Bandwidth on the Internet is increasing by leaps and bounds, but is still constrained by technological bottlenecks and high access charges, according to a Nortel Networks executive speaking here late last week.
"If I had been talking a couple of months ago, I would be talking about the potential for optical Internet to put 32 colours down a single fibre," said Lloyd Carney, Nortel Networks' president of enterprise data solutions. "Today I can talk about 160 colours down a single strand of fibre at 10Gbits each. Each colour in a strand of fibre-optic cable acts as a channel which can hold a separate stream of data.
"That is 1.6Tbits (1 trillion bits), or more bandwidth than AT&T needs for the whole United States," he said. Carney was speaking at Japan's sixth Network+Interop99 held here recently.
The speed of the Internet now exceeds the speed of most LANs (local area networks), Carney said. Consequently, the bottlenecks that constrain Internet access speed are most often found where the LAN meets the Internet.
Nortel's solution is to cut out the ATM (Asynchronous Transfer Mode) data packet transferring technology and the SONET (Synchronous Optical Network) transmission standard layers which slow down LAN-to-Internet connections, according to Carney. Through a platform called OPTesra LH, data can be aggregated directly into the backbone of the Internet, he added.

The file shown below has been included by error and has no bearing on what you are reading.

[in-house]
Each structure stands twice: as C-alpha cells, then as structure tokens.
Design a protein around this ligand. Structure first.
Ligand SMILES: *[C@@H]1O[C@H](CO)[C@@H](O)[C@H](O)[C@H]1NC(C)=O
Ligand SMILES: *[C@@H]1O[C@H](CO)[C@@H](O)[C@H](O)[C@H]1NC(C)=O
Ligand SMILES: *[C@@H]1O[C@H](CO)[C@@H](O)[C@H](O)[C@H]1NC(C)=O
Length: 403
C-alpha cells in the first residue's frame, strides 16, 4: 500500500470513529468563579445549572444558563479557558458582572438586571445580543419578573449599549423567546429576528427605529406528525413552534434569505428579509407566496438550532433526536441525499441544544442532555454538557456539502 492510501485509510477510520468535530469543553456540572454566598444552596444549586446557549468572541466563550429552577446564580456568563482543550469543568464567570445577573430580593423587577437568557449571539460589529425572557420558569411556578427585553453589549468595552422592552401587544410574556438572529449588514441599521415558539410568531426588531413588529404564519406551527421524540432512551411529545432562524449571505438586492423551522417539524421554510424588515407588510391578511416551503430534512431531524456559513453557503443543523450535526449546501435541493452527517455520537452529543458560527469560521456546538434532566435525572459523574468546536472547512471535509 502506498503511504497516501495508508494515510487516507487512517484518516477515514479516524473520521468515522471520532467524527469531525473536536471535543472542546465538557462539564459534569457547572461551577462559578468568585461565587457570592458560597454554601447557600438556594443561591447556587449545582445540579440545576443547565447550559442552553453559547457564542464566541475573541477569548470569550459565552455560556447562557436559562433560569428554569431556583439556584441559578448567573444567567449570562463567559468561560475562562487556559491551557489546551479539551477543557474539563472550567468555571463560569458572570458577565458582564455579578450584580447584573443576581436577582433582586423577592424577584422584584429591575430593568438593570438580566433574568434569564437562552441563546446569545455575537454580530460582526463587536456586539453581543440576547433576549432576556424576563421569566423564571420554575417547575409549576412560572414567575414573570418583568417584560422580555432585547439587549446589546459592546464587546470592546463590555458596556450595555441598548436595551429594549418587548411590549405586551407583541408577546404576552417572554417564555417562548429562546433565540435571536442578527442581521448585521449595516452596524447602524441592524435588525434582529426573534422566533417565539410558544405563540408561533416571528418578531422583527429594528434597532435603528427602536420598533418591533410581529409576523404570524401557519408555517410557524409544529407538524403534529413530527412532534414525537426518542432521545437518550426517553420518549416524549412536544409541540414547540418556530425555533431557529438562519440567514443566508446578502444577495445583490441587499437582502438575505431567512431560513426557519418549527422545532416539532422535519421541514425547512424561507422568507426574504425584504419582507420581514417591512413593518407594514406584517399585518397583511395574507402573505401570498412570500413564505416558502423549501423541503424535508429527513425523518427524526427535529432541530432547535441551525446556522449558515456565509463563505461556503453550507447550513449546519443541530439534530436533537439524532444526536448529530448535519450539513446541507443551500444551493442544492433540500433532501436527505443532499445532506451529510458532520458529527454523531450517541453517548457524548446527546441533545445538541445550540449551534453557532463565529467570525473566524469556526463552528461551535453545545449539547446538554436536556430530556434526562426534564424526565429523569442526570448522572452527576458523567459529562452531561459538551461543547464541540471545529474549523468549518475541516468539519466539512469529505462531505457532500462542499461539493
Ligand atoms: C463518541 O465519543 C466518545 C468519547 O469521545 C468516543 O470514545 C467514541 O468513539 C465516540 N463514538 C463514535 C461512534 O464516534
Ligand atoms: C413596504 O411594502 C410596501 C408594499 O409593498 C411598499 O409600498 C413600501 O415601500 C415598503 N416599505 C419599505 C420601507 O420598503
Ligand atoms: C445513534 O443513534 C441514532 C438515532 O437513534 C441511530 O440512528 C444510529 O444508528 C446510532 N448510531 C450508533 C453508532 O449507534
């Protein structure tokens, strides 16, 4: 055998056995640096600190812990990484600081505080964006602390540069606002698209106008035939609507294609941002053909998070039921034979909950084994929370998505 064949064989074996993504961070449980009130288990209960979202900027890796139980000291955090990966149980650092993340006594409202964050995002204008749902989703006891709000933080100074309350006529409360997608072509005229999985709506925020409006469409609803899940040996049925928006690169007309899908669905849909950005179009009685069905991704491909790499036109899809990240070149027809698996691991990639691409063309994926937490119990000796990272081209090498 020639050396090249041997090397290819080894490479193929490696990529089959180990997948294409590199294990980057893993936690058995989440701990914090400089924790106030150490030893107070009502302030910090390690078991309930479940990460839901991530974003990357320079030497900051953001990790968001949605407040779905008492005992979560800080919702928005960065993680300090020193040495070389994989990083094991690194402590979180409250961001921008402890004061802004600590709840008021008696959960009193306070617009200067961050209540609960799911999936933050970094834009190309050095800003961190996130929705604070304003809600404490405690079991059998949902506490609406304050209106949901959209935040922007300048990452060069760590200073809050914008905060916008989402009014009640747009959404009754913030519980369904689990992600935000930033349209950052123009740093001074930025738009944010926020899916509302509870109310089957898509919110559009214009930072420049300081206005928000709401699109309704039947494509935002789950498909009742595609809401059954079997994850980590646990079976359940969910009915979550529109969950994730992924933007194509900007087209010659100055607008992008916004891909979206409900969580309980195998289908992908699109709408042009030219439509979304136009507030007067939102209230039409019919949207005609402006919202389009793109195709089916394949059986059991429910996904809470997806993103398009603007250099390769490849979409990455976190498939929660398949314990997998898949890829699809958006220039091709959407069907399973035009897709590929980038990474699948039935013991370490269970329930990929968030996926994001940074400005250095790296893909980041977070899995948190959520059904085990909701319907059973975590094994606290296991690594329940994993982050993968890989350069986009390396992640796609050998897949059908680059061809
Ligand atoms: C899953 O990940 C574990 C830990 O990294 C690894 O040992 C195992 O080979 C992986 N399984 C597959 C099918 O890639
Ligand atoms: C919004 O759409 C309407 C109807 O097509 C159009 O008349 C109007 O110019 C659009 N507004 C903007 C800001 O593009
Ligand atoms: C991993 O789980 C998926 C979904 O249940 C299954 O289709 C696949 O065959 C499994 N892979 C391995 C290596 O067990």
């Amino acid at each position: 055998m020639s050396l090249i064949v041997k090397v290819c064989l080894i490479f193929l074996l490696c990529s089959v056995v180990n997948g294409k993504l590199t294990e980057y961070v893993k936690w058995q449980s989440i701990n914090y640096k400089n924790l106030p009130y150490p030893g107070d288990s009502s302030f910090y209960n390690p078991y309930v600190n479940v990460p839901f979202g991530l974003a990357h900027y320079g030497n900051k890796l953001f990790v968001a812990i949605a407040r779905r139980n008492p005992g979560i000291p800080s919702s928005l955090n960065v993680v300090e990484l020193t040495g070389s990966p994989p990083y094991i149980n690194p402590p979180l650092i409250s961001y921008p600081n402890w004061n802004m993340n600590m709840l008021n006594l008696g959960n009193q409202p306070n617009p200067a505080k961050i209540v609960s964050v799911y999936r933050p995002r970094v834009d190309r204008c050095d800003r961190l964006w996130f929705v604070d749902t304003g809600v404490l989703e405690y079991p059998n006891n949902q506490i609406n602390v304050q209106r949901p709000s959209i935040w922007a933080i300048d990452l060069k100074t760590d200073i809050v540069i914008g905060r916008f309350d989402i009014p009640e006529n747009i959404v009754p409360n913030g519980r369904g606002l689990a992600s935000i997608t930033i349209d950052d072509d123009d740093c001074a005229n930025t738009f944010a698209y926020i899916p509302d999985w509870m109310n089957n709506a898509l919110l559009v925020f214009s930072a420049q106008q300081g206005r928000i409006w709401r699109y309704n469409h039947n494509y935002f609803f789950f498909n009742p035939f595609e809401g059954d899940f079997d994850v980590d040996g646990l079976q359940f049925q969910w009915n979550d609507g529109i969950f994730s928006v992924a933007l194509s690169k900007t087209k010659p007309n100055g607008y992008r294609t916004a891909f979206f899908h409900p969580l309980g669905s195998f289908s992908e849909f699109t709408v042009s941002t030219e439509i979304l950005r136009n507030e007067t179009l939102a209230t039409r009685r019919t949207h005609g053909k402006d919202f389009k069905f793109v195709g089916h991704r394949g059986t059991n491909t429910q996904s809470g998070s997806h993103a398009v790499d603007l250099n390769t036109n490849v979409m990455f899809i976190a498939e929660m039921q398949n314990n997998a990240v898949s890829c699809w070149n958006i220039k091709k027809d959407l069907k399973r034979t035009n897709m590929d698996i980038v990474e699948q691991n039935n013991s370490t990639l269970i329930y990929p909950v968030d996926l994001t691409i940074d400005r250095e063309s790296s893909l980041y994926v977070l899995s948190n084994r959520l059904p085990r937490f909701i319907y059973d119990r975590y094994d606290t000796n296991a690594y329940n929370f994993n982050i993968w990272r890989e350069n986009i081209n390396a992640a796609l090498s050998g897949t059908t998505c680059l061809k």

Carney also said high costs are still constraining the Internet's potential in many parts of the world. He specifically pointed to local dominant telecomms carrier Nippon Telegraph & Telephone's (NTT's) control over the "last mile" of Internet connections in Japan as a major inhibitor of online activity here.
Japan's Internet subscription rate languishes behind much of the rest of the industrialised world. At the end of 1998, just 11 per cent of Japanese were hooked up to the Internet, or 13.8 million people out of a national population of 127 million, according to market research company IDC Japan. The figures for Japan compare to around 35 per cent Net penetration in the US and 70 to 80 per cent in Scandinavian countries.
"Demand for network service is elastic. Wherever you go in the world, you see that lower costs lead to more demand," Carney said.
Aggressive telecommunications carriers and ISPs (Internet service providers) in the US have been responsible for the low rates consumers pay for online access, according to Carney.
Carney said that NTT's control of the cables that connect networks to homes, however, is keeping Internet access and telecommunications prices in Japan too high.
"The people who really drove (the price fall in the US) are the 'attack carriers', the people who show up and then totally change the cost paradigm. Crosswave Communications is an attack carrier. They are charging one half of what NTT is charging," Carney said.
Crosswave Communications is an network service provider established as a joint venture between Toyota Motor Corp and Sony. The company began providing network services to customers in late April.
Carney also identified cellular telephony as a means to lower Internet costs in Japan. Cellular devices, especially 3G (third-generation) cellular technology which promises transmission rates of up to 2Mbit/sec, could bypass NTT's cables on the ground.
"People like NTT who for so long have held attack carriers hostage, are worried about third-generation wireless technology," Carney said. "If 3G cellular technology is deployed, then the NTT monopoly will be broken."
Overall, though, he was optimistic about the future of Internet business in Japan.
"This is the best time to be in networks. The networks that will be deployed in the next year will be nothing like networks were even two years ago," Carney said.